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Official Says Roh-Kim Summit Possible

Posted February. 17, 2006 03:11,   


According to the transcript of a meeting between former Unification Minister Chung Dong-young and Japanese reporters on Wednesday, Chung was quoted as saying, “A summit meeting between President Roh Moo-hyun and North Korean leader Kim Jong Il will probably take place in 2006.”

In response to requests for an explanation from the reporters, Chung replied, “During a meeting with Kim Jong Il, we were able to agree on a summit. We are taking Kim’s word very seriously.”

According to Chung, Kim said, “Let’s get on with this. Let’s do this. We are flexible on where to hold the meeting. All that is left is action.”

A high-ranking Cheong Wa Dae official recently remarked that a second South-North summit meeting was on the official agenda of the meeting between Chung and Kim.

In an interview with YTN, a Korean news network, Minister of Unification Lee Jong-Seok said, “I believe that the North will agree to talks after evaluating their situation. We cannot rule out a summitmeeting happening before the year is out.”

But after Japanese press began broadcasting that the summit will be held within the year, Cheong Wa Dae and Chung clarified that they had merely conveyed to the North that they were committed to a second summit, and that Kim replied that he wants it to be held before the end of the year.

Still, it is now certain that there have been attempts at the highest level to set a date for a summit.

“Clamor in the East, Attack in the West?”-

Some say that ex-president Kim Dae-Jung’s visit to the North in April could be another step toward a summit this year.

Observers say that this is the reason why the ex-president wants to visit the North in April. An expert on South-North relations says that the ex-president has to visit the North no later than April in order to be able to schedule it after local elections and in time for Independence Day.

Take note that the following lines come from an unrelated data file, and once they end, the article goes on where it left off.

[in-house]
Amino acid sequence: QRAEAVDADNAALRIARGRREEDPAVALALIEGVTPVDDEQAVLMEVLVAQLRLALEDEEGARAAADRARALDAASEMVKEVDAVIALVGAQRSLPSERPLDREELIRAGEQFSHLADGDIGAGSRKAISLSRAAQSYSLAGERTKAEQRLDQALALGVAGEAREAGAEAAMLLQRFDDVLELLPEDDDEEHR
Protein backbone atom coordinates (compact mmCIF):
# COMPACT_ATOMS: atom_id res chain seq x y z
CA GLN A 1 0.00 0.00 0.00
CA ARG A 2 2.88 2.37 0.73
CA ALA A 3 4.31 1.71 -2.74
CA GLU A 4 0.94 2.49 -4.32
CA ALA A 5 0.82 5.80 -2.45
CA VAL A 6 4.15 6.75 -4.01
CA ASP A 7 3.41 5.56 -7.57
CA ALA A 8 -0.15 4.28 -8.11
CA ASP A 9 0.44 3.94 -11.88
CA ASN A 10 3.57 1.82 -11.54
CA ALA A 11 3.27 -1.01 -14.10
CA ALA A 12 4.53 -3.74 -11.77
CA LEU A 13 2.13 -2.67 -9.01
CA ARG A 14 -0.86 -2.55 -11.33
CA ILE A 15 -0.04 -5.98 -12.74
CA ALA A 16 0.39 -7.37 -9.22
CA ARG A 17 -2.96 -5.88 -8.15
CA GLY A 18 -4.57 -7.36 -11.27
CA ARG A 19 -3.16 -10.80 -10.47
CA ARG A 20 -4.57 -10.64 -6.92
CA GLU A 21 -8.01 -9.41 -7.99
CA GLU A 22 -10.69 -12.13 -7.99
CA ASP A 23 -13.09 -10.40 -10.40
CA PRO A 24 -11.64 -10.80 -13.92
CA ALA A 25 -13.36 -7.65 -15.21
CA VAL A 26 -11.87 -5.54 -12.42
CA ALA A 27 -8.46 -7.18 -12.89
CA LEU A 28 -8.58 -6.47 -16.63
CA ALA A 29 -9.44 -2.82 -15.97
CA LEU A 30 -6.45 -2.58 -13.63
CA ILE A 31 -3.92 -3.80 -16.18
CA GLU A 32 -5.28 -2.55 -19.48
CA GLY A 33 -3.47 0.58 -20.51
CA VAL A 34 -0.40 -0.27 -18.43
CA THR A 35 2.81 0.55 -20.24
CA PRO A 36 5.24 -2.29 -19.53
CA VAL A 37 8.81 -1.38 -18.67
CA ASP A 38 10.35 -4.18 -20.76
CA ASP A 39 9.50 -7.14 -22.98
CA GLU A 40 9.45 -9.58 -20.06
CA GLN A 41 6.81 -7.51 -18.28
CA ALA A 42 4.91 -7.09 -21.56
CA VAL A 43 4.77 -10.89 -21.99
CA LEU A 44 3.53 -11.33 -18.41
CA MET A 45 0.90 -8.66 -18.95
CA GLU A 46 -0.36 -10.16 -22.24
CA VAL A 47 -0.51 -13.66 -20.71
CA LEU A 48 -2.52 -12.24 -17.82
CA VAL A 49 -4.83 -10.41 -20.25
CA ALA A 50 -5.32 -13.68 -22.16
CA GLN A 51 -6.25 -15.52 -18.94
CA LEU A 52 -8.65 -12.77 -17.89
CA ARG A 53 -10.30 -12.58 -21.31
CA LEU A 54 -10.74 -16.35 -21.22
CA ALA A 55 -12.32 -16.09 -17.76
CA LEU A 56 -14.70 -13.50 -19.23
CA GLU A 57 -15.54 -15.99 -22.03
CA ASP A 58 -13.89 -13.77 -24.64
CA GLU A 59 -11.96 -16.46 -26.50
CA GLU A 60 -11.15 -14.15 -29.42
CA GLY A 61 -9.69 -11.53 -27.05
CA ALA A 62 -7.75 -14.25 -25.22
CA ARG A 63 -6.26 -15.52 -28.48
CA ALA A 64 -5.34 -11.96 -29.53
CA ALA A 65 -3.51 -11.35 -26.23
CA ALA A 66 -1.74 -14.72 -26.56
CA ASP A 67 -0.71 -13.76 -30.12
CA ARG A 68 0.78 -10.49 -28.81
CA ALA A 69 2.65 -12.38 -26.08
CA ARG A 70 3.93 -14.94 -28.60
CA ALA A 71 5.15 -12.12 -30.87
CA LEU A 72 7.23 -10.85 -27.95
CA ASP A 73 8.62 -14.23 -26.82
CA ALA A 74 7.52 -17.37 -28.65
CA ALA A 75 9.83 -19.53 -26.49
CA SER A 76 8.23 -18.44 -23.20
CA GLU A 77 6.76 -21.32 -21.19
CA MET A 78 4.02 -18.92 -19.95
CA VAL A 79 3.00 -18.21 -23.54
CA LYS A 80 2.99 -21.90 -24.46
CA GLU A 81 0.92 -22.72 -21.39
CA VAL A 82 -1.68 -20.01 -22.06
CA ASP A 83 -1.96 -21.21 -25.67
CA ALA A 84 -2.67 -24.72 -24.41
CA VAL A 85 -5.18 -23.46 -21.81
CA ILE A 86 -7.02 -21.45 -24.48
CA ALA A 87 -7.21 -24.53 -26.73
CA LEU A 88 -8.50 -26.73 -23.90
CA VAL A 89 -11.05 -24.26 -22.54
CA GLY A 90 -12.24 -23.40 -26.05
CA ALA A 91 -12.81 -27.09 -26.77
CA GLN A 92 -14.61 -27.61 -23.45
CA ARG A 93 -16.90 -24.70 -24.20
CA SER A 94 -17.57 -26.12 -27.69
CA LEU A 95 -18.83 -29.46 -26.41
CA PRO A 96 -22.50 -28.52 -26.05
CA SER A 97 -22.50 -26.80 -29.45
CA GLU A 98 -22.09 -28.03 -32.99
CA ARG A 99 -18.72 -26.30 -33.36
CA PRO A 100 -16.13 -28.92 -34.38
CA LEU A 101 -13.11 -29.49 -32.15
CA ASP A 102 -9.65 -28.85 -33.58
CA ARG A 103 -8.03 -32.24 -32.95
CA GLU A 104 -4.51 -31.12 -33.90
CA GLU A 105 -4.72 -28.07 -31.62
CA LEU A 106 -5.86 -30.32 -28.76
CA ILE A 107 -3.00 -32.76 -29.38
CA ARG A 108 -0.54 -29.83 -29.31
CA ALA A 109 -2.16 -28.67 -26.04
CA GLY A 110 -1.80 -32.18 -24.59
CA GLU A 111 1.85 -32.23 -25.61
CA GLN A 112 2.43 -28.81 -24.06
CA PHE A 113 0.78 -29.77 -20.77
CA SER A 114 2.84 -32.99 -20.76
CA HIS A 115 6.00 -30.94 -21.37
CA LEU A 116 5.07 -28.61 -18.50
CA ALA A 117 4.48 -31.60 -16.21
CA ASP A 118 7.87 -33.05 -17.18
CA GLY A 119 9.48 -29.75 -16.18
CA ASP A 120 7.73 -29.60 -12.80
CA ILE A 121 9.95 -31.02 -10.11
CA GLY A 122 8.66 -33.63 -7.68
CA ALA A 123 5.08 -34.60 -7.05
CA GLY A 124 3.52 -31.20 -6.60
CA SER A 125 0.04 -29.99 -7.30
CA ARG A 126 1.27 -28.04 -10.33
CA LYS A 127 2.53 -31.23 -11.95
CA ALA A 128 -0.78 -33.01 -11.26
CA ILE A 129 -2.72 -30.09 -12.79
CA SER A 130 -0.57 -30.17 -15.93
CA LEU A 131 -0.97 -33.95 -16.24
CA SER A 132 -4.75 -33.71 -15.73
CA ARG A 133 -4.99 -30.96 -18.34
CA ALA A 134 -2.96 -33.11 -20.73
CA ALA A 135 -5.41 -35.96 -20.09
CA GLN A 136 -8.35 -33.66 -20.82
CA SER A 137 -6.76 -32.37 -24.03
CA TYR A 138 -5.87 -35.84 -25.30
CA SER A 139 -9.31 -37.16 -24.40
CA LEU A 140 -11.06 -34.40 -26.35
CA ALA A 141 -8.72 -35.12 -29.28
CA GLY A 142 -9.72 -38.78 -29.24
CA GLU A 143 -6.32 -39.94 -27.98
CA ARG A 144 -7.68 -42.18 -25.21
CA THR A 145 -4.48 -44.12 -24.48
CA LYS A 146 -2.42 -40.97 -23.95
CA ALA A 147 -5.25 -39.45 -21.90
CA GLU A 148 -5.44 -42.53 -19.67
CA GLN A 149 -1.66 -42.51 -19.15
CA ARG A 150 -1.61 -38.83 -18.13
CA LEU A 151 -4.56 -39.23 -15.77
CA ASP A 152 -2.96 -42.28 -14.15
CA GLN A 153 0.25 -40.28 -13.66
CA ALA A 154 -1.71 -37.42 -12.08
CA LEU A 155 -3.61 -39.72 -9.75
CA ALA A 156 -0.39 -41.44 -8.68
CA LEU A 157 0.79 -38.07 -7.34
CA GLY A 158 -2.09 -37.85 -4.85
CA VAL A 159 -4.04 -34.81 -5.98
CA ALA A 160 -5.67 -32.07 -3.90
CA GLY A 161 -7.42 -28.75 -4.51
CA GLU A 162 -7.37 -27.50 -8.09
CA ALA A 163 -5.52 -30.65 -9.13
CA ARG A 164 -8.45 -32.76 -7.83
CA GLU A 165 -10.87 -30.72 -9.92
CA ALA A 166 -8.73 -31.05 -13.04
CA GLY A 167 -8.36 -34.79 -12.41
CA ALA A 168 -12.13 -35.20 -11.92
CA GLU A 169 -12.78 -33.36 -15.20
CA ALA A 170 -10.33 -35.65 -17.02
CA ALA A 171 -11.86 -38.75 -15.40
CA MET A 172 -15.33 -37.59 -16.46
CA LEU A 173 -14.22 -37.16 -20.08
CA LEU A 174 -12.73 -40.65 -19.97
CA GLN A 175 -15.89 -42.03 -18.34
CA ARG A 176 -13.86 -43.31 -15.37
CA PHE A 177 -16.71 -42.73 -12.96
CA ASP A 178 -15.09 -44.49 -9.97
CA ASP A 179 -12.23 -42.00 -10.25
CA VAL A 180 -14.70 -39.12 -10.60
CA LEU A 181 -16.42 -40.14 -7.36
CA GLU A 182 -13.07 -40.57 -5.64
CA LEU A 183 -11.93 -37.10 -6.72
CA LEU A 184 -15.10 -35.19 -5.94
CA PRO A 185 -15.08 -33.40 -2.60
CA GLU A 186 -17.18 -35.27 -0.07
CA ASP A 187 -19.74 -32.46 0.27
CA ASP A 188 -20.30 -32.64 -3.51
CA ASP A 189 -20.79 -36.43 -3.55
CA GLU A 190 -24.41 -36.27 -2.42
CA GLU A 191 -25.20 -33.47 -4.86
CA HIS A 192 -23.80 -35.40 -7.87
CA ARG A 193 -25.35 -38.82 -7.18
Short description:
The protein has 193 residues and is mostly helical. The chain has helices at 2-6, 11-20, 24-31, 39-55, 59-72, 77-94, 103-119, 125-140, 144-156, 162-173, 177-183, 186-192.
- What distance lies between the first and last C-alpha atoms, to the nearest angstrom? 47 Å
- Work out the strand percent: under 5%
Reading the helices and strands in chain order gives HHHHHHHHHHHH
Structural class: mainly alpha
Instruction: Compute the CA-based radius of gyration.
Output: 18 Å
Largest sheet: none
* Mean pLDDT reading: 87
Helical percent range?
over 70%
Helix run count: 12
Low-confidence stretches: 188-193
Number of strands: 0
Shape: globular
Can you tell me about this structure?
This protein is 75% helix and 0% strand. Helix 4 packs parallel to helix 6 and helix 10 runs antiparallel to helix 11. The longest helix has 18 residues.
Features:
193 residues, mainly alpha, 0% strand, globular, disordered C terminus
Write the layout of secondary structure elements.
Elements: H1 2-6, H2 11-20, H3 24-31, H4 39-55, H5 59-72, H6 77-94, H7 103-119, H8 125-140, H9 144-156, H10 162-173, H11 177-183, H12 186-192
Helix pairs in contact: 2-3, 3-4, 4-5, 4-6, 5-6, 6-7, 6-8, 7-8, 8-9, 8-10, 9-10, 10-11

A government official denied those statements, however, saying that there are plenty of official and unofficial ties to the North, and that there is no reason to rely on ex-president Kim to cement the summit. He says that the essence of Kim’s visit to the North is an attempt to mend the worsening relationship between the ruling party and the ex-president by showing the administration supports the ex-president’s visit to the North in April.

“The Summit Will Be Held in 2006”-

The consensus is that the summit will be held this year. If it is not held by this year, there will be only one year left for the Roh administration to hold it before the election. With the presidential campaign looming, the Grand National Party will accuse the ruling party of using South-North relations to their advantage, and voters may have misgivings.

That is why most politicians think the summit will be held on August 15, Korea’s Independence Day. It is reasonable to assume that a North-South meeting could be used as a reconciliation tool between the ruling party and other factions, and for that reconciliation to affect the presidential elections. Politicians are hoping major agreements can be made one by one after a summit.

The most likely location for the summit is not Seoul, the originally agreed upon spot. Dorasan Station, a place connected to the North by rail, and Jeju Island are two possible locations.

The agenda for the summit will most likely be unification, nuclear weapons, economic aid, and the easing of military tensions. Academics predict that there will be talks about a loose form of federation.

But some predict a North Korean-style “Marshall Plan” in return for the North’s commitment.

The Grand National Party is apprehensive about the summit actually taking place, while observers say the North wants a summit meeting because it wants economic aid and a progressive South Korean administration for five more years.

Eom Ho-seong, the director for planning and management for the Grand National Party, said, “The master plan for the summit meeting has already been drawn up.” There are even rumors that Cheong Wa Dae has a separate team working on the matter.

The Grand National Party is considering its next move. They cannot oppose the meeting, because then the public will criticize it. It still emphasizes that the administration should notify the people about the timing, conditions, and topics of the meeting, because there may be backdoor dealings during the negotiation process.

Yong-Gwan Jung yongari@donga.com taewon_ha@donga.com